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0

you can change default saved path on Mac OS X Yosemite


0

An elaboration to what @klanomath was saying:


2

You can also use Keyboard Shortcut to show Desktop while dragging the files. Default shortcut is: ⌃ CTRL+↓ DOWN ARROW.


4

In addition to klanomath's answer: You can also assign a Hot Corner to show the Desktop. In that way you can drag a file to the Hot Corner, the Desktop shows, then drop the file on the Desktop. Move your mouse to the hot corner again to show the original window. The Hot Corner functionality can be found in the Desktop & Screen Saver System Preference ...


5

You have several possibilities: Use the sidebar and drag & drop files or folders on the 'Desktop' item Create a 'Desktop' Dock item by dragging and dropping the folder '/Users/YourUserName/Desktop' to the Dock and afterwards drag & drop files or folders you want to move on the 'Desktop' item in your Dock Create an Automator Service to move (or ...


0

You can make it from Terminal.app. Open Terminal, navigate to the folder where Your music is (here's example for iTunes library): cd ~/Music/iTunes/iTunes\ Media/Music/ Then run this command: find . -name "[[:alpha:]][[:alpha:]][[:alpha:]][[:alpha:]].mp3" -exec open {} \;" This will find all 4 letters mp3 files, for example XXXX.mp3 and open them in ...


0

I'd just use the Recently Added smartlist & sort by date added. You can't search by '4 random characters'.


0

You need a proper .icns file to do this. iConvert Icons has the best converter around: http://iconverticons.com/online/


0

Get into on your icon file. Select the icon, copy it, paste it over onto the webloc file as you're doing. Basically, don't paste the file onto the icon, copy the icon of the icon.


0

Check out Fasticns - drop your artwork onto it. Copy as Image from the Edit menu then paste it into your file's Get Info spot as you have tried already. (FastIcns is free)


-1

Perhaps it is not possible because you file is in an folder that is located in the download folder? Place back the files on your desktop, open the folder 'downloads' and delete what's in that folder. Try to empty your trash can now.


7

This answer may not really answer the question but provide some information what might had happened. I've downloaded the torrent with 4Chan pictures containing the Pain.jpg and two other pics with hebrew chars. Here is the diabolic culprit ;-) ls -aBeil shows: mymac:Reactions user$ ls -aBeil ls: P ͎̮͉͍ͨ̈́̾̈́A ͎̮͉͍ͨ̈́̾̈́I ͎̮͉͍ͨ̈́̾̈́N ͎̮͉͍ͨ̈́̾̈́.jpg: ...


4

Sounds like it could be an illegal file name. Boot into single user mode, try running fsck -f Boot into Recovery Mode, run Disk Utility from there and select "Repair Disk"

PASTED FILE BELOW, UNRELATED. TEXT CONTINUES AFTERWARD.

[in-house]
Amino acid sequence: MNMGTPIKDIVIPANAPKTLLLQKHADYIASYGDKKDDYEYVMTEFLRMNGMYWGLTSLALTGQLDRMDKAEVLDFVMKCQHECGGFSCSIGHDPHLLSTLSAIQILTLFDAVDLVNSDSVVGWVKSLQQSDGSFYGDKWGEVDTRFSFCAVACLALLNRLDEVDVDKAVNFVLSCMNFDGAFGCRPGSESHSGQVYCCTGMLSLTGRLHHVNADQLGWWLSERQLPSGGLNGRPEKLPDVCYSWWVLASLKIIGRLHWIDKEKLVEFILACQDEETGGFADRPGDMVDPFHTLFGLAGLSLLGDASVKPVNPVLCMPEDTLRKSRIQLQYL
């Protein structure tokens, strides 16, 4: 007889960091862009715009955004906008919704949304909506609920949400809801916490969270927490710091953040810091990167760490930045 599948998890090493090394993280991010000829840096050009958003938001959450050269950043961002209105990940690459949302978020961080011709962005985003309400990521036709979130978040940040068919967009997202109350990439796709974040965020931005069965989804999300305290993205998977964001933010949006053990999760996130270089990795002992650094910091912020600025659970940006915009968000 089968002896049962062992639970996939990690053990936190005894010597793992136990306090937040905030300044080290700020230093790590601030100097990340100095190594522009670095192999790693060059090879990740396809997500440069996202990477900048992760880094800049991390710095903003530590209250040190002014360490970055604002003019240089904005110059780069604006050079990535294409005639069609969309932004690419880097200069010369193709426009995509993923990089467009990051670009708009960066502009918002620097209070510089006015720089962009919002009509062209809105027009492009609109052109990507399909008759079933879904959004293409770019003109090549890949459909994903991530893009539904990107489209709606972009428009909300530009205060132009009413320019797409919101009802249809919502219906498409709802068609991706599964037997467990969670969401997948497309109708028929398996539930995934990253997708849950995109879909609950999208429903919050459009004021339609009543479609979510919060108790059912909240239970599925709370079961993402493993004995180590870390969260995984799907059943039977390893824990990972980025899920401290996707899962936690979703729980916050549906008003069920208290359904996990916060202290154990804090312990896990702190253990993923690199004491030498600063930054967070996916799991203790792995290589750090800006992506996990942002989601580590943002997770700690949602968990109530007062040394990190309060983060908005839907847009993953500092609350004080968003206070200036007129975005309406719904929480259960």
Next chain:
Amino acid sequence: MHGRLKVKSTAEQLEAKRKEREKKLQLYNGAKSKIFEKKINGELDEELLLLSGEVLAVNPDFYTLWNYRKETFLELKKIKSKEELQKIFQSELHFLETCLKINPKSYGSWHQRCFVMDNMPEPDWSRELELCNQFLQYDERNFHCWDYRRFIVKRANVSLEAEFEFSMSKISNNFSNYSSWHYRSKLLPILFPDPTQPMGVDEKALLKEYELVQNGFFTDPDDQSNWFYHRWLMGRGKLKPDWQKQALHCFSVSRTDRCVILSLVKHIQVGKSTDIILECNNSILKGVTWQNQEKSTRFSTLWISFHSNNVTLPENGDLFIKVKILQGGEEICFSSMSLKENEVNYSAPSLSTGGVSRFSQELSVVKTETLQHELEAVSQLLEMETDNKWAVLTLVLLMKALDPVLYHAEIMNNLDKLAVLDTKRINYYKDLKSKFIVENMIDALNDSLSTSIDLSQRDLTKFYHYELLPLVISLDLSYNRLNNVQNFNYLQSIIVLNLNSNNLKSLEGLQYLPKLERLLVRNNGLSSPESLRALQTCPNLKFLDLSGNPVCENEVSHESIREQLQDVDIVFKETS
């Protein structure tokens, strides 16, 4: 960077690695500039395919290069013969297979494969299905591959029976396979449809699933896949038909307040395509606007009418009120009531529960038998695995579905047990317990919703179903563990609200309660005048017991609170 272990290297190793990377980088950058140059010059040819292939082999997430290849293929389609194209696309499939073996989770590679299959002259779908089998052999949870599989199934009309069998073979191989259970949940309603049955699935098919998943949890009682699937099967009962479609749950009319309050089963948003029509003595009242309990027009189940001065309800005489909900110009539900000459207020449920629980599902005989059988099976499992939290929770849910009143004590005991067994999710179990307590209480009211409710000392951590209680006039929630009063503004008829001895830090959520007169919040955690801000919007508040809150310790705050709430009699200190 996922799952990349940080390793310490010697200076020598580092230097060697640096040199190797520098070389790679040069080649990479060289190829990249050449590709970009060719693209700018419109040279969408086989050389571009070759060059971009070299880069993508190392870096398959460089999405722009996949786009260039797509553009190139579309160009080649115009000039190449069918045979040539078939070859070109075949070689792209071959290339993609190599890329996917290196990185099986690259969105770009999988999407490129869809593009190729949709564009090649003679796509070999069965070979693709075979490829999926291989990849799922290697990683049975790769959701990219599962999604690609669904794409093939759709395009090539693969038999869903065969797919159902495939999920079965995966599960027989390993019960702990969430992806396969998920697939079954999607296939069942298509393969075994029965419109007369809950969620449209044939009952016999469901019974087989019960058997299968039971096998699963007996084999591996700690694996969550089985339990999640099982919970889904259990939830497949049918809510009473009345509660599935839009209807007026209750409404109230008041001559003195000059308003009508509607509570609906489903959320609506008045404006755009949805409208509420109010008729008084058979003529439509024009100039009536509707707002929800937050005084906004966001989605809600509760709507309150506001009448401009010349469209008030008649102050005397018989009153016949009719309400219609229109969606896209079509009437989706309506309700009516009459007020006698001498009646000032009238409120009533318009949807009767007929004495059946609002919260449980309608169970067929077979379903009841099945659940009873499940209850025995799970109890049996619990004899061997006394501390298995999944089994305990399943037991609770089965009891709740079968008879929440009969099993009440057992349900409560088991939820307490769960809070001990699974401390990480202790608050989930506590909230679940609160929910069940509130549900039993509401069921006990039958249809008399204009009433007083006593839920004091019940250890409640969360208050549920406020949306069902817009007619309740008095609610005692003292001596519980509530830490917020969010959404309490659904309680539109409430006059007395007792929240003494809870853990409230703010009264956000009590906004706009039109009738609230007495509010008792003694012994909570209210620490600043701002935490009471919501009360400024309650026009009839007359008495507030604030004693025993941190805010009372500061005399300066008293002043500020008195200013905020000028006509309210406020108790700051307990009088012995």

1

Try following the steps outlined in Apple's support document on this subject.Many of the items in the document are included in the suggestions here, but they offer some items to try for severe cases such as yours. Rather than repeat them all here, its best to simply refer to this well written document on the subject. http://support.apple.com/en-us/HT201583 ...


3

Right click on the trash can, while holding down the Command key. An option 'Secure Empty Trash' will appear. Select this. Hopefully it will empty the trash folder for you.


3

First, cd into the Reactions folder: cd ~/.Trash/Reactions Then, type rm, a space, then the tab key. This should autocomplete the first file in the directory. If it does, you should be able to press return to delete the offending file.


2

Try and move the folder Downloads out of the trash Then run in terminal: defaults write com.apple.finder AppleShowAllFiles -bool yes;osascript -e "tell application \"finder\" to quit";osascript -e "tell application \"finder\" to activate" This will allow you to see hidden files in the Finder GUI file system. If you can see the ...jeg file in the ...


3

In normal use, the rm command is for removing files, and the rmdir command is for removing folders. rm will refuse to remove a folder, and rmdir will refuse to remove a file. And even then, rmdir won't remove a folder that contains anything beyond the artificial links to . and ... Both of these limitations can be overcome by providing the -r switch (short ...


2

Boot the system into Single User mode by powering off and holding Command+S. Then when you see bash3.2# type in /sbin/mount -uw / to mount the filesystem as readwrite. Then, cd /Users/<your username>/ to move to your home directory rm -rf .Trash to force delete the trash directory mkdir .Trash to recreate the trash directory chmod 700 .Trash to set ...


-2

sudo vi /etc/auto_master In this file comment out /net with # (#/net .....) sudo automount -vc


1

There's no such thing which you should (have to) use. If Apple felt it was needed, it would have been built-in. Mac differs entirely from Windows for example. Please check: http://osxdaily.com/2014/01/13/defrag-mac-hard-drive-necessary-or-not/


0

If you want system diagnostics, you can always contact Apple or go to an Apple Store for a free diagnostics. If you are talking about networking usage on your Mac, I found a website with a list. I hope this helps! http://mac.appstorm.net/roundups/internet-roundup/4-ways-to-monitor-bandwidth-usage-on-your-mac/


2

Use {"com.apple.icns"} as the file type. set Icon to (POSIX path of (choose file of type {"com.apple.icns"} with prompt "Select a .icns file.")) (Found by running "mdls myiconfile.icns") kMDItemContentType = "com.apple.icns"


6

mdls lists file metadata. A sample below for a folder kMDItemContentCreationDate = 2011-11-20 04:05:42 +0000 kMDItemContentModificationDate = 2014-10-22 01:52:53 +0000 kMDItemContentType = "public.folder" kMDItemContentTypeTree = ( "public.folder", "public.directory", "public.item" ) kMDItemDateAdded = ...



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